Wells Fargo CEO admits ‘unacceptable’ response to scandal


Business News - Opportunities - Reviews



Warren and Yellen spar over Wells Fargo

Wells Fargo CEO Tim Sloan plans to tell Congress on Tuesday that management failed to take decisive action to head off the scandal that has rocked the bank for the past year.

“We recognized too late the full scope and seriousness of the problems,” Sloan said in prepared testimony he plans to deliver to lawmakers.

‘; var storytext = document.getElementById(‘storytext’); var heightToSkip = 0; function resetValues() { totalHeight = 0; targetChildElement = null; }
// Check if story is in the blacklist of articles to remove smartassets // [2017.07.27] Results of a one-off request from r.barbieri if(BLACKLIST[location.pathname] === true) { return } if(storytext == null) { console.log(“Error finding storytext element for SA embed”); return; } for ( i = 0; i 0) { heightToSkip -= storytext.childNodes[i].clientHeight; resetValues(); } else if(heightToSkip minHeight && targetChildElement != null) { //console.log(“total height = ” + totalHeight); //console.log(“childNode = ” + targetChildElement); storytext.childNodes[targetChildElement].insertAdjacentHTML(‘afterend’, smartAssetDiv); smartasset = document.getElementById(‘smartasset-article’); smartasset.style.float = ‘left’; // allows module to have text float to right smartasset.style.marginRight =’20px’; smartasset.style.marginBottom =’25px’; //console.log(storytext.childNodes[targetChildElement]); //SMARTASSET.setDivIndex(targetChildElement); SMARTASSET.setSmartAssetScript(); /* bail out since we’re done */ break; } } /* div with id=”smartassetcontainer”. Sanity check to only embed once */ else if (storytext.childNodes[i].nodeName.toLowerCase() === ‘div’ && storytext.childNodes[i].id !== “undefined” && storytext.childNodes[i].id === “smartassetcontainer”) { break; } /* div with id=”ie_column” */ else if (storytext.childNodes[i].nodeName.toLowerCase() === ‘div’ && storytext.childNodes[i].id !== “undefined” && storytext.childNodes[i].id === “ie_column”) { resetValues(); } /* embeds from twitter, facebook, youtube */ else if (storytext.childNodes[i].nodeName.toLowerCase() === ‘div’ && storytext.childNodes[i].classList.contains(’embed’)) { resetValues(); } /* cnn video player */ else if (storytext.childNodes[i].nodeName.toLowerCase() === ‘div’ && storytext.childNodes[i].classList.contains(‘cnnplayer’)) { resetValues(); } /* images */ else if (storytext.childNodes[i].nodeName.toLowerCase() === ‘img’) { resetValues(); } /* images stored in figure tags */ else if (storytext.childNodes[i].nodeName.toLowerCase() === ‘figure’) { if(storytext.childNodes[i].clientWidth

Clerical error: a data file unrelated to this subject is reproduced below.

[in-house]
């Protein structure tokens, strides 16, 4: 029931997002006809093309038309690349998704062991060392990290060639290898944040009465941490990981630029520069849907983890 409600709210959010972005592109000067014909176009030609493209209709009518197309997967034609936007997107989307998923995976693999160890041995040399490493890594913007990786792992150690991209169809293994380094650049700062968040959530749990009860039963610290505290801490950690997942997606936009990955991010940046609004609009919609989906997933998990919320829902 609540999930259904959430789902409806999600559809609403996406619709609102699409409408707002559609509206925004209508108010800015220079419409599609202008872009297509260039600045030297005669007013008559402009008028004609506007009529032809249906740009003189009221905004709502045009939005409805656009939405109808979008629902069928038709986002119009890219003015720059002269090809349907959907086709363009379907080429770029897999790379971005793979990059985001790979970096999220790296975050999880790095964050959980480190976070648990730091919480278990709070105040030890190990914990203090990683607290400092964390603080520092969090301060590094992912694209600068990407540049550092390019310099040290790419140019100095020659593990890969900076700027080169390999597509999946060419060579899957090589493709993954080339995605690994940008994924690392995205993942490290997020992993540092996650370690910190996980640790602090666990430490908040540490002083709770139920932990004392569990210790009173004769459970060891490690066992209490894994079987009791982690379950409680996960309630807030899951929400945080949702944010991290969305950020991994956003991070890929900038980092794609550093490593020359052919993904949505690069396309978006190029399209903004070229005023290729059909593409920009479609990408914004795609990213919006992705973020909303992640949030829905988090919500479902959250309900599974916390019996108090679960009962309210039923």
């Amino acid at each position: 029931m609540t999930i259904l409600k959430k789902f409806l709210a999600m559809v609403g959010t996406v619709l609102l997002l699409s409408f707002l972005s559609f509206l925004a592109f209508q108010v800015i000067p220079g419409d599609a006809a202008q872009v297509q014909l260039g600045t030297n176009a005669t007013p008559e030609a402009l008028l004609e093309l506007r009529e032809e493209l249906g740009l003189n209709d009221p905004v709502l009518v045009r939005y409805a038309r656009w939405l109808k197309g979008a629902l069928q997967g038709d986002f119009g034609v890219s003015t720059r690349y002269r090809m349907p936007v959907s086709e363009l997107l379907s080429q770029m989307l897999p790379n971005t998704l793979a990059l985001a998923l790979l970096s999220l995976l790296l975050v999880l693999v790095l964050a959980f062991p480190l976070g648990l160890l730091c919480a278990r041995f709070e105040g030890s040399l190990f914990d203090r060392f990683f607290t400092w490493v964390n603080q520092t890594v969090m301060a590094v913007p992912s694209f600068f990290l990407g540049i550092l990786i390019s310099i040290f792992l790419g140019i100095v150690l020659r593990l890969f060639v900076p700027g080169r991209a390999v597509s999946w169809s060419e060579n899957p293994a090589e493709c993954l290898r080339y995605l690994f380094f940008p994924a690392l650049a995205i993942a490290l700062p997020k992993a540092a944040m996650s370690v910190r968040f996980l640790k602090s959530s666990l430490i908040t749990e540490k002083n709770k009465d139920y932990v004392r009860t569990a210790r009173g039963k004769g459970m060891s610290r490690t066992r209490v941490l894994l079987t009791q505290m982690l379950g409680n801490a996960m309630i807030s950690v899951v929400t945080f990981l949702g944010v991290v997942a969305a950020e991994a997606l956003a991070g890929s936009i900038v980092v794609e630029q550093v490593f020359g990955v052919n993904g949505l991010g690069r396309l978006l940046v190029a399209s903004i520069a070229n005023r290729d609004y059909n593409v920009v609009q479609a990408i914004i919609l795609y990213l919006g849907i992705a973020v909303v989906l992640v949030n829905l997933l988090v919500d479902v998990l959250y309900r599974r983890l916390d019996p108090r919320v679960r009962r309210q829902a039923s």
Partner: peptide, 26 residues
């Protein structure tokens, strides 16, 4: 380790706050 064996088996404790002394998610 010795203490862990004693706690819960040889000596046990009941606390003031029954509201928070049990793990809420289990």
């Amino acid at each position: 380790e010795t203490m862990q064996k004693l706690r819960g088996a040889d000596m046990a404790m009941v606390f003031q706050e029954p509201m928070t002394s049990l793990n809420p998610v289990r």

Sloan, who took over for longtime CEO John Stumpf last fall, seemed to place some blame on his predecessor.

“The bank’s leaders acted too slowly and too incrementally. That was unacceptable,” Sloan said.

Wells Fargo (WFC) is being hauled back before Congress almost exactly a year after the bank’s first hearing on the fake account scandal. Since then, Wells Fargo has admitted to even deeper problems.